3. Oh, interesting! Yeah, I actually have a friend who eats a ton of soy and her thyroid levels are better than mine. Mine have been really bad this year. In fact, I am at the endocrinologist right now typing this, and I had to change from Synthroid and compounded T3 to Armour last month, although Armour is supposed to be better anyway. I started eating only cooked goitrogens because I am basically trying everything to get my levels back into normal range. I had the Hashi’s long before the Lyme, but probably the Lyme is making it worse. Have to finish watching “Under Our Skin” tonight. I am very freaked out now after seeing it and am only halfway through. This is so different than all my other illnesses … much harder to research. The brain fog doesn’t help, of course.


    1. I’m sorry yours have been so bad :(. Yeah, I discovered my Hoshimoto’s before the Lyme and I am taking a compounded T3/T4 so my doctor can specifically change the amounts of each based on what I need. Lyme certainly doesn’t help thyroid issues but hopefully once you start getting into Lyme treatment more it will help! Under Our Skin is a great movie but yes, Lyme is VERY overwhelming and there is so much information. Plus, how to treat Lyme still isn’t truly determined which makes it harder because there also isn’t a lot of research out there. I have tons of info so if you ever need advice or want to go over Lyme stuff just shoot me an email and I’ll be happy to tell you everything I know.


  4. Ok, this is so interesting. There is so much conflicting info. I think I am going to do a blog post about trying to sort through conflicting info as a patient. This article is pro-raw goitrogens, a lot of the thyroid sites say to cook them, my endo doctor yesterday said they are not a big deal if you take synthetic thyroid, and a major thyroid patient advocate said they CAN interfere even with synthetic hormones. I have never seen any sites saying to avoid them completely because they are so healthy.
    Still–so confusing!
    I majored in art history in college. No science background whatsoever! The only thing everyone agrees on is that soy protein isolate and gluten are bad for your thyroid, and I don’t eat either of those. Thank you for giving me material for a potential blog post. And I feel a little better about having them raw now.


    1. Ha, that last comment was meant for your other post about the tabbouleh. My phone just took me here. Thanks so much for the offer of Lyme info. I will definitely take you up on it. (I am really confused.) I feel like I am drowning in a sea of information sometimes.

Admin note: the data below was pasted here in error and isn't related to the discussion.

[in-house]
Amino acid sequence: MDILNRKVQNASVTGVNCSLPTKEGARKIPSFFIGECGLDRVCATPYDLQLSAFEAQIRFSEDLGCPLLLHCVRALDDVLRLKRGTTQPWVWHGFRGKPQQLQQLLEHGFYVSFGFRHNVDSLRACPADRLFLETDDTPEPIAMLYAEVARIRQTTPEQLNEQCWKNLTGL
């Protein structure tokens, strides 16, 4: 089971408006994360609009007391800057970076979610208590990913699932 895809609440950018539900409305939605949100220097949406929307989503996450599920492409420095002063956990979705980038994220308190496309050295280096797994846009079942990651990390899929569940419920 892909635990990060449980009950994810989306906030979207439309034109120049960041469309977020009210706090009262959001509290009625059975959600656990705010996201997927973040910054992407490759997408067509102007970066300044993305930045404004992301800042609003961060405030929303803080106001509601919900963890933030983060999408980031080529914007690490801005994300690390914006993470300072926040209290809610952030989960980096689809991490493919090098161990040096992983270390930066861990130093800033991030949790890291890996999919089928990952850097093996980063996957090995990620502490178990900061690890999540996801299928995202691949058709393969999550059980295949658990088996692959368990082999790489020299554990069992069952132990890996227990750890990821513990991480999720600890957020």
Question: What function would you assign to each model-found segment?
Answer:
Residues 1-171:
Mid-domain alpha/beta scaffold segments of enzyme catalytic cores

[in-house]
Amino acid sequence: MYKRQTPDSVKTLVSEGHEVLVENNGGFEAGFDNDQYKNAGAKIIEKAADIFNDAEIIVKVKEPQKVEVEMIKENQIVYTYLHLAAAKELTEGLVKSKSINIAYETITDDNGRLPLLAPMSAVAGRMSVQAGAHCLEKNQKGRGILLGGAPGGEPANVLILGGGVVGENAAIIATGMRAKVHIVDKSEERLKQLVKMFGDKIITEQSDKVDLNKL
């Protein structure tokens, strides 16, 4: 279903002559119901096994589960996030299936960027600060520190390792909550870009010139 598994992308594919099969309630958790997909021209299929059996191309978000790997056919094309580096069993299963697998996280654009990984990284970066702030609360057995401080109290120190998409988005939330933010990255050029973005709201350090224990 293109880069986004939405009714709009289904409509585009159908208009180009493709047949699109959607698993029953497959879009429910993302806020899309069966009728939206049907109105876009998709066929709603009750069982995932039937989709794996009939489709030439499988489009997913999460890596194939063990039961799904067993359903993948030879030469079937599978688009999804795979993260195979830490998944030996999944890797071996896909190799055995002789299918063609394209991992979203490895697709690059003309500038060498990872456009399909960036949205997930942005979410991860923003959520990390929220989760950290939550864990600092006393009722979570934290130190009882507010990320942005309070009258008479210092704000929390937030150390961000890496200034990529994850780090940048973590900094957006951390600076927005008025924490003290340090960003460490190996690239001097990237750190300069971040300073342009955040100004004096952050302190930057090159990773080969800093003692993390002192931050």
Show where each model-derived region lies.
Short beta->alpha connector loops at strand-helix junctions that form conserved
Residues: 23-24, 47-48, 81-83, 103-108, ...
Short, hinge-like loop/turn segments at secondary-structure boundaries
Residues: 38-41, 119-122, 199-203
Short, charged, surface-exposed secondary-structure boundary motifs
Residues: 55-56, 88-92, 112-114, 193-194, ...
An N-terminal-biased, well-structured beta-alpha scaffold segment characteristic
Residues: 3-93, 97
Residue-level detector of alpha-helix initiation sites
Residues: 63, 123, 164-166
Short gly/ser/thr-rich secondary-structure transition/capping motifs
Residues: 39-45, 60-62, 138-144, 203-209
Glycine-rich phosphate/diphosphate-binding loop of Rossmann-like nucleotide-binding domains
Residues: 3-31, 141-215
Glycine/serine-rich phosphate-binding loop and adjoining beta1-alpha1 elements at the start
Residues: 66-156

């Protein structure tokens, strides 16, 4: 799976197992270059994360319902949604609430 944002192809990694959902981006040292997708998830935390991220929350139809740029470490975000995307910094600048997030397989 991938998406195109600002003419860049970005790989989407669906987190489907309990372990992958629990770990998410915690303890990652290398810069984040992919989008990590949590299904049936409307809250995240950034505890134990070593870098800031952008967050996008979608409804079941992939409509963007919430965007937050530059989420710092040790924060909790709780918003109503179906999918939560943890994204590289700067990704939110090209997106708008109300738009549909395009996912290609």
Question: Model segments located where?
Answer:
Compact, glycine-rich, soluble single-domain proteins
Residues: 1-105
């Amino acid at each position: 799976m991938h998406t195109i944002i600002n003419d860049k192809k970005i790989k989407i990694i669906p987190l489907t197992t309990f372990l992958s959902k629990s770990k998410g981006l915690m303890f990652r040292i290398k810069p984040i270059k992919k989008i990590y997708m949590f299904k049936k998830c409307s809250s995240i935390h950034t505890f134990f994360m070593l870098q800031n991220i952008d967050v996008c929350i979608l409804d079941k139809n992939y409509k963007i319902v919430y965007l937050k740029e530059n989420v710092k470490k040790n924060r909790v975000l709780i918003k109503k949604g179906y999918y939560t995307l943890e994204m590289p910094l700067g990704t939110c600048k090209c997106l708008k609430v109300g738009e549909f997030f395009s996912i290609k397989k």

2. Yes, it is very confusing! I remember being very confused way back and then felt like I was cutting everything out of my diet for all sorts of different issues I have. I got frustrated because I couldn’t eat anything so I finally said eff that! I’m going to eat healthy and that is what counts. If it makes me feel sick I won’t eat it but if I don’t feel worse then I will! I love science and I’m a science major but the amount of info is overwhelming. Plus you must take everything with a grain of salt and do all your own research on it. As a science major I’ve learned how to filter info out and how to tell if it is legit or not. Just as an FYI- synthroid contains gluten (I know you came of off it which is good)… most doctors don’t know that or won’t tell you.
      That would be a good blog post and I look forward to reading it!
      Lyme is really a pain in the butt! And honestly may be the root cause of most of your other health issues. Lyme mimics those other health issues so people get mis-diagnosed for years. Once you get into treatment and start getting your Lyme under control it may very well relieve a lot of your other diagnoses. But seriously email me because I can help you get started on what to focus on with Lyme treatment and walk you through it plus maybe calm some of your fears. I’m assuming you are seeing an LLMD? Have you started any treatment yet?


      1. I did not know about gluten in Synthroid. Ugh, great. I knew it had lactose, which I am very allergic to. Gluten I avoid because it seems to be bad for everything I have. Yeah, right now I don’t know if my fibromyalgia is caused by Lyme or if they are separate entities. I got all my allergies after when I think the Lyme started (my test history is really complicated) so I’m sure those were caused by Lyme. The thyroid stuff I’ve had forever. I just started seeing an LLMD this fall and I tested positive for Lyme but not coinfections, which is weird. I will definitely email you.